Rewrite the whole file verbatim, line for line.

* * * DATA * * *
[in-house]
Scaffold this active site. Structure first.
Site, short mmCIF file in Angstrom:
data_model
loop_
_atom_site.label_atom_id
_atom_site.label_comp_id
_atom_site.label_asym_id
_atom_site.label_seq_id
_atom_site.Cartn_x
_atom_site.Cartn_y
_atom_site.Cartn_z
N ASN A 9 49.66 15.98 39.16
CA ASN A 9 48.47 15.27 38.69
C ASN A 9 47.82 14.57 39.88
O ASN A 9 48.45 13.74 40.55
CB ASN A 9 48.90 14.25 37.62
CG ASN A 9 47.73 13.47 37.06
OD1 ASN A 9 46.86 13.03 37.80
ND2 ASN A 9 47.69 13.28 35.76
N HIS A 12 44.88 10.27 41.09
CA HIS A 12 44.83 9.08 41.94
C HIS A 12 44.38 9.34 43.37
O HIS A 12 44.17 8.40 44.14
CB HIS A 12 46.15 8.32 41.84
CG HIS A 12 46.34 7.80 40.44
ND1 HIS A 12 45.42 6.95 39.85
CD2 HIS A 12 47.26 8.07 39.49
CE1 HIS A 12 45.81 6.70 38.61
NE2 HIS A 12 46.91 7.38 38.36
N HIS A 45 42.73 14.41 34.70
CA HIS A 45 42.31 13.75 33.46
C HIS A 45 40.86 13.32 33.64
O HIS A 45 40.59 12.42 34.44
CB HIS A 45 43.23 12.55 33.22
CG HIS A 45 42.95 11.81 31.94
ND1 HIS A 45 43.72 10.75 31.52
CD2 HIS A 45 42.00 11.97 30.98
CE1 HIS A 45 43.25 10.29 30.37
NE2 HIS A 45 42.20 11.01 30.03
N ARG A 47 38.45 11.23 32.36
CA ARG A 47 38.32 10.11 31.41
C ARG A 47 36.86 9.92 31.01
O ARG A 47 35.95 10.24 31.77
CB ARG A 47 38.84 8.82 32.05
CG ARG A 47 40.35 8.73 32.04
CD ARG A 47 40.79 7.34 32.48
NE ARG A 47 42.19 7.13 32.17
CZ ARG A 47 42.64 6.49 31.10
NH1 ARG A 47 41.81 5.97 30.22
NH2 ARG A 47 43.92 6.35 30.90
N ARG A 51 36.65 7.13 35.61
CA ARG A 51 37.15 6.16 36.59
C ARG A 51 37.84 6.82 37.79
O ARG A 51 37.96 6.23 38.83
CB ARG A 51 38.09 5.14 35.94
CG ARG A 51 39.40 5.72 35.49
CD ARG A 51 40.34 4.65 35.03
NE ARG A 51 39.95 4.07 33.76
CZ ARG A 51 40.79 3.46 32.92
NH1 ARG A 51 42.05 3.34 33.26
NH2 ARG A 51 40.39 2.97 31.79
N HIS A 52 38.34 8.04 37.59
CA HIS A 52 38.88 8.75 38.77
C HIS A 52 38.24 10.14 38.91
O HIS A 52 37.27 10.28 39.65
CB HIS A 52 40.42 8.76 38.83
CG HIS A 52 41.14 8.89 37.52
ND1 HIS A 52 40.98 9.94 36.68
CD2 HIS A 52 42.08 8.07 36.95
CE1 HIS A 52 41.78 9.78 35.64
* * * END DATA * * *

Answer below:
[in-house]
Scaffold this active site. Structure first.
Site, short mmCIF file in Angstrom:
data_model
loop_
_atom_site.label_atom_id
_atom_site.label_comp_id
_atom_site.label_asym_id
_atom_site.label_seq_id
_atom_site.Cartn_x
_atom_site.Cartn_y
_atom_site.Cartn_z
N ASN A 9 49.66 15.98 39.16
CA ASN A 9 48.47 15.27 38.69
C ASN A 9 47.82 14.57 39.88
O ASN A 9 48.45 13.74 40.55
CB ASN A 9 48.90 14.25 37.62
CG ASN A 9 47.73 13.47 37.06
OD1 ASN A 9 46.86 13.03 37.80
ND2 ASN A 9 47.69 13.28 35.76
N HIS A 12 44.88 10.27 41.09
CA HIS A 12 44.83 9.08 41.94
C HIS A 12 44.38 9.34 43.37
O HIS A 12 44.17 8.40 44.14
CB HIS A 12 46.15 8.32 41.84
CG HIS A 12 46.34 7.80 40.44
ND1 HIS A 12 45.42 6.95 39.85
CD2 HIS A 12 47.26 8.07 39.49
CE1 HIS A 12 45.81 6.70 38.61
NE2 HIS A 12 46.91 7.38 38.36
N HIS A 45 42.73 14.41 34.70
CA HIS A 45 42.31 13.75 33.46
C HIS A 45 40.86 13.32 33.64
O HIS A 45 40.59 12.42 34.44
CB HIS A 45 43.23 12.55 33.22
CG HIS A 45 42.95 11.81 31.94
ND1 HIS A 45 43.72 10.75 31.52
CD2 HIS A 45 42.00 11.97 30.98
CE1 HIS A 45 43.25 10.29 30.37
NE2 HIS A 45 42.20 11.01 30.03
N ARG A 47 38.45 11.23 32.36
CA ARG A 47 38.32 10.11 31.41
C ARG A 47 36.86 9.92 31.01
O ARG A 47 35.95 10.24 31.77
CB ARG A 47 38.84 8.82 32.05
CG ARG A 47 40.35 8.73 32.04
CD ARG A 47 40.79 7.34 32.48
NE ARG A 47 42.19 7.13 32.17
CZ ARG A 47 42.64 6.49 31.10
NH1 ARG A 47 41.81 5.97 30.22
NH2 ARG A 47 43.92 6.35 30.90
N ARG A 51 36.65 7.13 35.61
CA ARG A 51 37.15 6.16 36.59
C ARG A 51 37.84 6.82 37.79
O ARG A 51 37.96 6.23 38.83
CB ARG A 51 38.09 5.14 35.94
CG ARG A 51 39.40 5.72 35.49
CD ARG A 51 40.34 4.65 35.03
NE ARG A 51 39.95 4.07 33.76
CZ ARG A 51 40.79 3.46 32.92
NH1 ARG A 51 42.05 3.34 33.26
NH2 ARG A 51 40.39 2.97 31.79
N HIS A 52 38.34 8.04 37.59
CA HIS A 52 38.88 8.75 38.77
C HIS A 52 38.24 10.14 38.91
O HIS A 52 37.27 10.28 39.65
CB HIS A 52 40.42 8.76 38.83
CG HIS A 52 41.14 8.89 37.52
ND1 HIS A 52 40.98 9.94 36.68
CD2 HIS A 52 42.08 8.07 36.95
CE1 HIS A 52 41.78 9.78 35.64